Sunday, November 26, 2006

Fighting Climate Change One Tree at a Time

By Yasmin D. Arquiza

Nairobi, Kenya, 16 Nov 2006 - Joan Wangechi Kinyanjui, a 37-year old Kikuyu woman from Lari district, has been planting trees as a volunteer of Kenya’s Green Belt Movement for six years but says she has never received a single cent for her work.

That may soon change. In one of the side events at the United Nations conference on climate change here, Green Belt Movement founder Wangari Maathai signed a $1.6-million emission reductions purchase agreement with the World Bank’s BioCarbon Fund that would finally reward the efforts of volunteers like Kinyanjui.

The project will employ community forest associations to plant and tend seedlings in 1,876 hectares of land within the Mount Kenya and Aberdares regions in the next two years with indigenous species such as cedar and camphor.

This will supplement their traditional livelihood of harvesting forest resources like honey and firewood. The project is also expected to improve the income of local farmers, who will receive payments for environmental services, according to a World Bank statement.

“We really hope we can receive benefits from this project,” said Kinyanjui. Together with her best friend Lilian Muthoni Kimani and dozens of volunteers, among them Maasai men and women in customary garb, she had waited in a tent outside the Forestry office all day just to witness the signing of the agreement.

The reforestation effort is part of UN-sponsored initiatives to help developing countries gain a foothold in the newly created carbon market while helping reduce greenhouse gases in the atmosphere at the same time. The World Bank will purchase 375,000 tons of carbon that are expected to be sequestered within the next 10 years as an outcome of the reforestation effort.

“This contract with the BioCarbon Fund will help the Green Belt Movement tap the growing carbon market and secure a sustainable stream of financial resources,” said Katherine Sierra, vice president for sustainable development at the World Bank.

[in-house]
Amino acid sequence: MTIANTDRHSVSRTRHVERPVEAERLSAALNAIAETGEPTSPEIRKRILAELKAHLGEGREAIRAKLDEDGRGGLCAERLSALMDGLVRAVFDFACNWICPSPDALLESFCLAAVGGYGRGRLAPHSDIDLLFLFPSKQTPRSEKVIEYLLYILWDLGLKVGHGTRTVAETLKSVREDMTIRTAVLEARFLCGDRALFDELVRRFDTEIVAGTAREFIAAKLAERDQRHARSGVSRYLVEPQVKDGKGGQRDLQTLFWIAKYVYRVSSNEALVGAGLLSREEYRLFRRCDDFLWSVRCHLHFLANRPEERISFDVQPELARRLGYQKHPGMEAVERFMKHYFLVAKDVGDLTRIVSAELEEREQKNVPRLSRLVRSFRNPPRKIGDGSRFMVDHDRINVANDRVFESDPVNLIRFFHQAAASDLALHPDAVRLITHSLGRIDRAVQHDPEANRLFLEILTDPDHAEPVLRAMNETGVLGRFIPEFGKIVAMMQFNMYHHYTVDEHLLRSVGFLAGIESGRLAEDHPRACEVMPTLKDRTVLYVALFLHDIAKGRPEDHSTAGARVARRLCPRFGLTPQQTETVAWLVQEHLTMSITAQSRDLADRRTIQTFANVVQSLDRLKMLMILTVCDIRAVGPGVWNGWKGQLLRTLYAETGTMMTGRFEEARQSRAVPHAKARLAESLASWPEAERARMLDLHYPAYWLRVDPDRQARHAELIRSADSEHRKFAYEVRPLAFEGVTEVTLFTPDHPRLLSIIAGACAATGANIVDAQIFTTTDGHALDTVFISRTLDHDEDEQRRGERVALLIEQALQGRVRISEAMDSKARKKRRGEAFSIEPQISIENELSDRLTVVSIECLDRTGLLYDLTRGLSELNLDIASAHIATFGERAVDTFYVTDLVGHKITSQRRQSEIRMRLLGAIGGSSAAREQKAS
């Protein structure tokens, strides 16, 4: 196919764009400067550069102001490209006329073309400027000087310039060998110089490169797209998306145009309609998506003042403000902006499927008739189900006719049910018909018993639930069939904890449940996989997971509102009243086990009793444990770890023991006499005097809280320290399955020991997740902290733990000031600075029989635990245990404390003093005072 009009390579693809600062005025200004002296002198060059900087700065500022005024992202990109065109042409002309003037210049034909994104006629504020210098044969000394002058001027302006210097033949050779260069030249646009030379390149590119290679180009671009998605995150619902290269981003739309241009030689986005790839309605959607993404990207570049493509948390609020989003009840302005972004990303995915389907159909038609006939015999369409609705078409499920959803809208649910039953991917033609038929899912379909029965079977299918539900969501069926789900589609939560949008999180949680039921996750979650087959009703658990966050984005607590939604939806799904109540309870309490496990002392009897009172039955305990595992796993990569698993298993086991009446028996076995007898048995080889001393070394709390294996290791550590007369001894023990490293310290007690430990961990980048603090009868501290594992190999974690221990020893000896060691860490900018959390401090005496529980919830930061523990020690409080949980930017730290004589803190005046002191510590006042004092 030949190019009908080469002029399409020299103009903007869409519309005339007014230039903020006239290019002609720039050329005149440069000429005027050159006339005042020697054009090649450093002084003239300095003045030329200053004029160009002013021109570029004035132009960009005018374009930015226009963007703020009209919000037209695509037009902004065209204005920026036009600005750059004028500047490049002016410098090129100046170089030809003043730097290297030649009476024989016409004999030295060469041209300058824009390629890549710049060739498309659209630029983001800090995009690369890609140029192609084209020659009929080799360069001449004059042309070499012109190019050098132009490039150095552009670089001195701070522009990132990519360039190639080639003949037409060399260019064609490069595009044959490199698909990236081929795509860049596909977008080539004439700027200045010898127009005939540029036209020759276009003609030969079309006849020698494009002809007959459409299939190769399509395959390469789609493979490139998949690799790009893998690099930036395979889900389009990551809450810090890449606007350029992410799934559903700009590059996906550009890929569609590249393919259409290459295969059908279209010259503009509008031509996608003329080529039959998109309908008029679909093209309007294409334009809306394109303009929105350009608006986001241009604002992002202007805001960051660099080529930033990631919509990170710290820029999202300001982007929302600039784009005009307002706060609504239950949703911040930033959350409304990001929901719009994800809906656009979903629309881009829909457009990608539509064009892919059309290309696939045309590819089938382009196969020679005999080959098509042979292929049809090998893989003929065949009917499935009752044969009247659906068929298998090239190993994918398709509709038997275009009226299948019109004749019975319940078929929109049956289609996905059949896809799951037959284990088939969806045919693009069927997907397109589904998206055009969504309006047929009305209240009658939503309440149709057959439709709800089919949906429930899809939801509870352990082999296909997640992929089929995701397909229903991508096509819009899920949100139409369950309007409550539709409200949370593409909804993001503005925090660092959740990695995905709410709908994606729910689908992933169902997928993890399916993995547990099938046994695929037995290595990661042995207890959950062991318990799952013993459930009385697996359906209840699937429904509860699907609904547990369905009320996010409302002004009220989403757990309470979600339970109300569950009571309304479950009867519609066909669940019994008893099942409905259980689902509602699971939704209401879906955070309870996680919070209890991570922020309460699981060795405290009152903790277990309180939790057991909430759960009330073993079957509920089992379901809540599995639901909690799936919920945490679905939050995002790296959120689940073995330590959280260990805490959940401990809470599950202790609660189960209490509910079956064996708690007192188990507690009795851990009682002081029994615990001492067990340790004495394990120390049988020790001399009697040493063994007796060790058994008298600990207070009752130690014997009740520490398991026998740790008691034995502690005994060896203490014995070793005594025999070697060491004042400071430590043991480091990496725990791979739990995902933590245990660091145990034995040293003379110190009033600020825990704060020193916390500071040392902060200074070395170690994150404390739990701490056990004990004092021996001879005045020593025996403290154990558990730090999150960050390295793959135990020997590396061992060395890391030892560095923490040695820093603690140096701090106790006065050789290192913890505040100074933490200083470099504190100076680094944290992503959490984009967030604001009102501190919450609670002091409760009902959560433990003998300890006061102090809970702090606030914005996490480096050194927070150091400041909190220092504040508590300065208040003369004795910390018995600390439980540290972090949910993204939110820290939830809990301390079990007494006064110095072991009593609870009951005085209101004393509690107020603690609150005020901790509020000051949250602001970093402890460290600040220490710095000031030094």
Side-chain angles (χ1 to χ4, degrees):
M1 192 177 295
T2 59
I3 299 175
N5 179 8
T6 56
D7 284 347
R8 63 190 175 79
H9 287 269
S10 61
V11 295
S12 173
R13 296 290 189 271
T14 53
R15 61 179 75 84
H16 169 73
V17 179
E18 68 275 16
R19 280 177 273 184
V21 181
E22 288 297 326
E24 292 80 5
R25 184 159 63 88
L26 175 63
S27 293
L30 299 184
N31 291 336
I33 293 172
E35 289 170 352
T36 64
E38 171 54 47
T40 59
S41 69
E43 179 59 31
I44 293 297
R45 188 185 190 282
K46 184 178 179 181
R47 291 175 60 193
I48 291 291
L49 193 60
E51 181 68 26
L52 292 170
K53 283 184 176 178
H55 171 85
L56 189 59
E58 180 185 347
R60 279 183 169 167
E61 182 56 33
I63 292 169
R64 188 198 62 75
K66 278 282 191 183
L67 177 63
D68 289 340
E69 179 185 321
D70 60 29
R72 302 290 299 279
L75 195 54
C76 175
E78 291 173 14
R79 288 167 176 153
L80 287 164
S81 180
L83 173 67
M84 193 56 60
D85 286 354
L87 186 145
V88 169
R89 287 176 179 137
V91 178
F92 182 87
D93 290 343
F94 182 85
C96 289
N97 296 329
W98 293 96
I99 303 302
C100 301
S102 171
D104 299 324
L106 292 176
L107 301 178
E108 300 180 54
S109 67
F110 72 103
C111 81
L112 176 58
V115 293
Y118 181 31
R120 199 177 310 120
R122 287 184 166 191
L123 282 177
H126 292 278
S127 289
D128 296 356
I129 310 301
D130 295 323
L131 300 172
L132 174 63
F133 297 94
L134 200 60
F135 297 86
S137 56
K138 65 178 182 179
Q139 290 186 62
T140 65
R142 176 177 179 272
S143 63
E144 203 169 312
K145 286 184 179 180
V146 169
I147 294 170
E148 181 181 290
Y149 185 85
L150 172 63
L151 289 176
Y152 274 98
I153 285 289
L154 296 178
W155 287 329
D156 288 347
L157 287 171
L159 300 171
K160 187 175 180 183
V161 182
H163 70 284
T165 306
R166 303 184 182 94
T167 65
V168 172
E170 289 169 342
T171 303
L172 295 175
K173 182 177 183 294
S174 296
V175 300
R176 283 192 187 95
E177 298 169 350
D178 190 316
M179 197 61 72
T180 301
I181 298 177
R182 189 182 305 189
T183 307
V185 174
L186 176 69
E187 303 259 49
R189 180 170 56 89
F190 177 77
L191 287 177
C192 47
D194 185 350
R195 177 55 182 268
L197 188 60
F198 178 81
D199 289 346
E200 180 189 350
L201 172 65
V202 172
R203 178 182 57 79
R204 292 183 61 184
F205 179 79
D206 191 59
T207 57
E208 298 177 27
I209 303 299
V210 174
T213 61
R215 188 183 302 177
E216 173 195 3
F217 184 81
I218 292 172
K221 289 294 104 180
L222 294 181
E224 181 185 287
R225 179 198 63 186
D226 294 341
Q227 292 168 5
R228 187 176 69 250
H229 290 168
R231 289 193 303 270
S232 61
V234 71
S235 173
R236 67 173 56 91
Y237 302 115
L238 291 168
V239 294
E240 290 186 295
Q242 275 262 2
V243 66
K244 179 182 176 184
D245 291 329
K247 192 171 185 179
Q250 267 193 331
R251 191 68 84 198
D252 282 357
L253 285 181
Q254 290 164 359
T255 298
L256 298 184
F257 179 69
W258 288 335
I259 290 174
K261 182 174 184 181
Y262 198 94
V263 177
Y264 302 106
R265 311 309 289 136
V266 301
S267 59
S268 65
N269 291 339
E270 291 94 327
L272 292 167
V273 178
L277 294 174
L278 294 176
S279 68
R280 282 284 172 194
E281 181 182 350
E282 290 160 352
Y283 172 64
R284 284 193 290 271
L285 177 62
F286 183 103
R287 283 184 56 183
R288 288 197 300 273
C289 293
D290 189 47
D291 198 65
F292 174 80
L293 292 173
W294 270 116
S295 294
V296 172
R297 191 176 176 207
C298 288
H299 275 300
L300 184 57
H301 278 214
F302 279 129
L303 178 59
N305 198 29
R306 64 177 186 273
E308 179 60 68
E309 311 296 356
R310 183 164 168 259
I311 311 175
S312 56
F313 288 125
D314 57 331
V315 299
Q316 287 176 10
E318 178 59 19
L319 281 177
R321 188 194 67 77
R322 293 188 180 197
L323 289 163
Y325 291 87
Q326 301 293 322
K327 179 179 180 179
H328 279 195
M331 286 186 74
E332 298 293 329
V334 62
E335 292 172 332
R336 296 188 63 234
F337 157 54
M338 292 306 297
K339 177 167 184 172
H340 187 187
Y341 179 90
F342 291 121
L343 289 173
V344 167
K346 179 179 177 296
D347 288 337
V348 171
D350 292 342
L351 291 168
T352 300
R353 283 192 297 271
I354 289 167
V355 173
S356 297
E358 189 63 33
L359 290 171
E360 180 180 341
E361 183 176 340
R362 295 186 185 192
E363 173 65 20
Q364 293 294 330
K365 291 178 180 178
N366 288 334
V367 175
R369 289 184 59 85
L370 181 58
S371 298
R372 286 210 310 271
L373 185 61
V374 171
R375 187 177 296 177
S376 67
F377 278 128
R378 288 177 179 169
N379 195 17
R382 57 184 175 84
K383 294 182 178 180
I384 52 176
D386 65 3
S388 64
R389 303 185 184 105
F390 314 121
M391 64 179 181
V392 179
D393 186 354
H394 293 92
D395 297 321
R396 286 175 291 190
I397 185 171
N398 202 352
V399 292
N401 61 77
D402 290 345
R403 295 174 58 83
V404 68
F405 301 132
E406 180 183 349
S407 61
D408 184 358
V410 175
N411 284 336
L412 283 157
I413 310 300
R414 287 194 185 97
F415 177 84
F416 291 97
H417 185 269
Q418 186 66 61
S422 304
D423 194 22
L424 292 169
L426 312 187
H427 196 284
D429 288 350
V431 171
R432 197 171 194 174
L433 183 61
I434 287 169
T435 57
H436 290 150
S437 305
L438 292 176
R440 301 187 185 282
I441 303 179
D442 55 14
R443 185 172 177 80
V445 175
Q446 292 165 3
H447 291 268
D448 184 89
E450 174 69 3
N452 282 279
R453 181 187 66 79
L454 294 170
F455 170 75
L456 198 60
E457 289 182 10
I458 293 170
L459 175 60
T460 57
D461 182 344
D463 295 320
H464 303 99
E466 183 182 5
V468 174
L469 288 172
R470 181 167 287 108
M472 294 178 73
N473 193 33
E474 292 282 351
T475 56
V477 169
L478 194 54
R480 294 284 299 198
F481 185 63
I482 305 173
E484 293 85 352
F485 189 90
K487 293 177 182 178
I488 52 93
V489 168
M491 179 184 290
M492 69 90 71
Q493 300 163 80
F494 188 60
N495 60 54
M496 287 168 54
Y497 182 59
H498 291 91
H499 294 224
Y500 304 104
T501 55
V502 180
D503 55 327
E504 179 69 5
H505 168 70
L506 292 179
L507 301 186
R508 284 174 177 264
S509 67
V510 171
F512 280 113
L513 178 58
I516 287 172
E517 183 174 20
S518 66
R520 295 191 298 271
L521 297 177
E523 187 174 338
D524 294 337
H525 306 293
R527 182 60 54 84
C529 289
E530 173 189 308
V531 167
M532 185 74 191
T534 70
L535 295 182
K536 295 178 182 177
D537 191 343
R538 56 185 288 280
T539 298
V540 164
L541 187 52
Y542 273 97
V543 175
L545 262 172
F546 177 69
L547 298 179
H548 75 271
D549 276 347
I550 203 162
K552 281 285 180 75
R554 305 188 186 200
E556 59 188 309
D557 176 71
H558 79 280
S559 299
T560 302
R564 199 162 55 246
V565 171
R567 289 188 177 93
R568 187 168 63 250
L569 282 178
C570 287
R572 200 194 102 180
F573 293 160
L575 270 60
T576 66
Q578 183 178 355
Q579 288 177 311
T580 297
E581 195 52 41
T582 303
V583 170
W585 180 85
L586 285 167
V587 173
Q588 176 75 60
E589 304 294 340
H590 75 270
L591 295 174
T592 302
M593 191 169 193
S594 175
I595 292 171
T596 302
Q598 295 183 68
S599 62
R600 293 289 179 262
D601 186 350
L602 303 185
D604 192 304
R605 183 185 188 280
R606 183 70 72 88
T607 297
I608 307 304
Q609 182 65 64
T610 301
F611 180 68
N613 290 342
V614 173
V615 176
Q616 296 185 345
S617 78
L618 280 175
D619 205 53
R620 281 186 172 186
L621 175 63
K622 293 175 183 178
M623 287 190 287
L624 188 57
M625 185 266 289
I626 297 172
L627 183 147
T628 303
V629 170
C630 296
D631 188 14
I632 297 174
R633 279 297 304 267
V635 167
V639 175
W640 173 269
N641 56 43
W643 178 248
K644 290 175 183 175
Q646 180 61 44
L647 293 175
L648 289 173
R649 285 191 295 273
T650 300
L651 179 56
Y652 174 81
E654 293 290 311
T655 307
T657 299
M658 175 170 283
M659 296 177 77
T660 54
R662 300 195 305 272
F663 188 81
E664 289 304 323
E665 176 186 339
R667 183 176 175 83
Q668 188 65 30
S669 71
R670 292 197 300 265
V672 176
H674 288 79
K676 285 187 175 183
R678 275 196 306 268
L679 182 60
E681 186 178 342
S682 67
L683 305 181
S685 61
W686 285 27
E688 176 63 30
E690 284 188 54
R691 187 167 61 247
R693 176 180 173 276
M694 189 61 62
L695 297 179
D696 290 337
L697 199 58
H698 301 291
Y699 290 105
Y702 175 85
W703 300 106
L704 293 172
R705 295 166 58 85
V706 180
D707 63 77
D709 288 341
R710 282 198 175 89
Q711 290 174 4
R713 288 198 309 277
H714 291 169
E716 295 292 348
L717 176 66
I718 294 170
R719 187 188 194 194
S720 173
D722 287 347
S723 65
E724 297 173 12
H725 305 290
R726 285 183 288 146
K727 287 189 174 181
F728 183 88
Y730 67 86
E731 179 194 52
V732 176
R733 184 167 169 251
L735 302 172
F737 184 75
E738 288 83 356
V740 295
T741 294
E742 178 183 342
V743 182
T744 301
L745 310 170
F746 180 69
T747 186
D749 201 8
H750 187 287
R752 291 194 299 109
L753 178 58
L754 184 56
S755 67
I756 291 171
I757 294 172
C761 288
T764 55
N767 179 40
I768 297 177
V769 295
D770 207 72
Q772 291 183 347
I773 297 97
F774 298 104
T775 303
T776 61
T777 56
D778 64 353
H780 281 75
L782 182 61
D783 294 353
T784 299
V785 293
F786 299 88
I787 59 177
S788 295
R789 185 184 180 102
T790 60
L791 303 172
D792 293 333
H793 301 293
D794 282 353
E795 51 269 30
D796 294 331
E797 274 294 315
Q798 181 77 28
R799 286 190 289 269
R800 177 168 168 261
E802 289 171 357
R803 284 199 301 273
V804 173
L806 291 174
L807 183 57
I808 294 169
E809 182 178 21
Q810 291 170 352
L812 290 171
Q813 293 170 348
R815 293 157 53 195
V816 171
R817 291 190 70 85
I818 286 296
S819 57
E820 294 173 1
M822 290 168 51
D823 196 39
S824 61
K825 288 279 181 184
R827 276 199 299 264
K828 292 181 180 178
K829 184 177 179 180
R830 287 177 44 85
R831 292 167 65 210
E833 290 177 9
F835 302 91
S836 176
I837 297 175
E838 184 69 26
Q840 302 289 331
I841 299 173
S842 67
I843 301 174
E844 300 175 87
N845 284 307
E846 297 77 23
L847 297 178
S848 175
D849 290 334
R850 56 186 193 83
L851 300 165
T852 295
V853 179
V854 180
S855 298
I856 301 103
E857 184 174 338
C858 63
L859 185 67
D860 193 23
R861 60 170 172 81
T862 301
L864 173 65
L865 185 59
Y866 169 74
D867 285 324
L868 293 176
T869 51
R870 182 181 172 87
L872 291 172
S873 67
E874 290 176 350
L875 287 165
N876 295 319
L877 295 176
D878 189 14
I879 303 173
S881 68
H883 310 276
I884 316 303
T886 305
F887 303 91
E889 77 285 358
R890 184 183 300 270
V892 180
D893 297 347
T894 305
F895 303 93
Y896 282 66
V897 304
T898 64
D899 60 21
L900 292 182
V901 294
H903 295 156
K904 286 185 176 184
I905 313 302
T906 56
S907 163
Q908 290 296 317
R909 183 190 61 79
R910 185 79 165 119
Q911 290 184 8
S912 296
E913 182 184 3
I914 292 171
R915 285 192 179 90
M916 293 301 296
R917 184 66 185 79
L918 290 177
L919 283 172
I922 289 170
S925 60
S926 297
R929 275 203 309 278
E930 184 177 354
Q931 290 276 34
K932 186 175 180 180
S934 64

In response, Maathai urged conference delegates to support the protection of the Congo Forest ecosystem, which is second only to the Amazon in size. She noted that 11 governments in the region have signed a treaty to protect the Congo, but lack of funding would “condemn the forest to destruction” as the Sahara and Kalahari deserts have been creeping along its borders.

“If the Congo forest goes, forget Africa,” Maathai said.

Maathai gained worldwide prominence when she won the Nobel Peace Prize in 2004 for her work in organizing the Green Belt Movement, mainly among Kenyan women, for the past 30 years. The organization has set up 4,000 tree nurseries and encouraged more than 200,000 households to get involved in the greening of Kenya.

“We have learnt that when local communities who live near the forest are educated to understand the linkage between trees, forests and their own livelihoods, they are more likely to take care of and protect these resources,” Maathai said.

On the global level, she is utilizing her celebrity status to gain adherents for the Plant for the Planet: Billion Tree Campaign of the United Nations Environment Programme. The worldwide tree planting campaign encourages individuals and organizations across the globe to enter pledges in a special website, with the aim of planting at least one billion trees in 2007 to help absorb greenhouse gases.

At the opening of the ministerial conference on Wednesday, UN Secretary General Kofi Annan lauded the “impressive action” taken by many developing countries on climate change in the face of a “frightening lack of leadership” among industrialized countries on the issue.

He maintained that the “primary responsibility for action” on climate change lies with “those that have been largely responsible for the accumulation of carbon dioxide in the atmosphere.” The UN chief said citizens could play a substantive role in pressuring their governments by making climate change “more of an election issue.”

“Let us start being more politically courageous,” he said.

Growing the Perfect Rose with Geothermal Energy

By Yasmin Arquiza

Hell's Gate National Park, Kenya, 15 Nov 2006 -- Heat from the earth is helping to produce perfect long stemmed roses in a flower farm here that employs local residents, showcasing an emerging trend among socially-conscious companies to merge the pursuit of profits with concern for people and the planet.